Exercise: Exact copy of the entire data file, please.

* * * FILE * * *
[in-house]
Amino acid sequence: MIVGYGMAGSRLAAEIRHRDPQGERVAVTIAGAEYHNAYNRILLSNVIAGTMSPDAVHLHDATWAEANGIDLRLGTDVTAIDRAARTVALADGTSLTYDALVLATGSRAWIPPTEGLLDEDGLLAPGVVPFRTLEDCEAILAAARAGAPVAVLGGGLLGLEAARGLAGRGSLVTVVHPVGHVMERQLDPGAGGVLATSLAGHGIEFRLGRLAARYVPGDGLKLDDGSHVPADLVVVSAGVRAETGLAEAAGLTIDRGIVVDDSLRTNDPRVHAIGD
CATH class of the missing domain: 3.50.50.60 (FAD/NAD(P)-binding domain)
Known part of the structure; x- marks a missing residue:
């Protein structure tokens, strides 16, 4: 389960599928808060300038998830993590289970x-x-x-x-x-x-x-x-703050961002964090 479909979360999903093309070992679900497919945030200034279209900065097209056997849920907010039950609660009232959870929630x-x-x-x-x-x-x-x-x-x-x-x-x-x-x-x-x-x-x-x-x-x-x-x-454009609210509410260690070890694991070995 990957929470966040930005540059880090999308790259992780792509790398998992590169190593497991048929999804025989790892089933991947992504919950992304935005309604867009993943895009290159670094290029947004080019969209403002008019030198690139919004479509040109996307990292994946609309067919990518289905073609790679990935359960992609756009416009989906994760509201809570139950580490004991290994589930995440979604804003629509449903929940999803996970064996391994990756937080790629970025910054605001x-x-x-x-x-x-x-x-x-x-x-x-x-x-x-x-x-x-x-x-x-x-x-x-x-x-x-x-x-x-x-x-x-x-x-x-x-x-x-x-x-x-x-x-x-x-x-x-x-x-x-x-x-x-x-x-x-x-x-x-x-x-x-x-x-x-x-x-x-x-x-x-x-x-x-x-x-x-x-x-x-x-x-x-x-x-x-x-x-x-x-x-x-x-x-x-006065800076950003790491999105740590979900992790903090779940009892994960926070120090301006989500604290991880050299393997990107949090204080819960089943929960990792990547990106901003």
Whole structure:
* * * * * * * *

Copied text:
[in-house]
Amino acid sequence: MIVGYGMAGSRLAAEIRHRDPQGERVAVTIAGAEYHNAYNRILLSNVIAGTMSPDAVHLHDATWAEANGIDLRLGTDVTAIDRAARTVALADGTSLTYDALVLATGSRAWIPPTEGLLDEDGLLAPGVVPFRTLEDCEAILAAARAGAPVAVLGGGLLGLEAARGLAGRGSLVTVVHPVGHVMERQLDPGAGGVLATSLAGHGIEFRLGRLAARYVPGDGLKLDDGSHVPADLVVVSAGVRAETGLAEAAGLTIDRGIVVDDSLRTNDPRVHAIGD
CATH class of the missing domain: 3.50.50.60 (FAD/NAD(P)-binding domain)
Known part of the structure; x- marks a missing residue:
């Protein structure tokens, strides 16, 4: 389960599928808060300038998830993590289970x-x-x-x-x-x-x-x-703050961002964090 479909979360999903093309070992679900497919945030200034279209900065097209056997849920907010039950609660009232959870929630x-x-x-x-x-x-x-x-x-x-x-x-x-x-x-x-x-x-x-x-x-x-x-x-454009609210509410260690070890694991070995 990957929470966040930005540059880090999308790259992780792509790398998992590169190593497991048929999804025989790892089933991947992504919950992304935005309604867009993943895009290159670094290029947004080019969209403002008019030198690139919004479509040109996307990292994946609309067919990518289905073609790679990935359960992609756009416009989906994760509201809570139950580490004991290994589930995440979604804003629509449903929940999803996970064996391994990756937080790629970025910054605001x-x-x-x-x-x-x-x-x-x-x-x-x-x-x-x-x-x-x-x-x-x-x-x-x-x-x-x-x-x-x-x-x-x-x-x-x-x-x-x-x-x-x-x-x-x-x-x-x-x-x-x-x-x-x-x-x-x-x-x-x-x-x-x-x-x-x-x-x-x-x-x-x-x-x-x-x-x-x-x-x-x-x-x-x-x-x-x-x-x-x-x-x-x-x-x-006065800076950003790491999105740590979900992790903090779940009892994960926070120090301006989500604290991880050299393997990107949090204080819960089943929960990792990547990106901003």
Whole structure: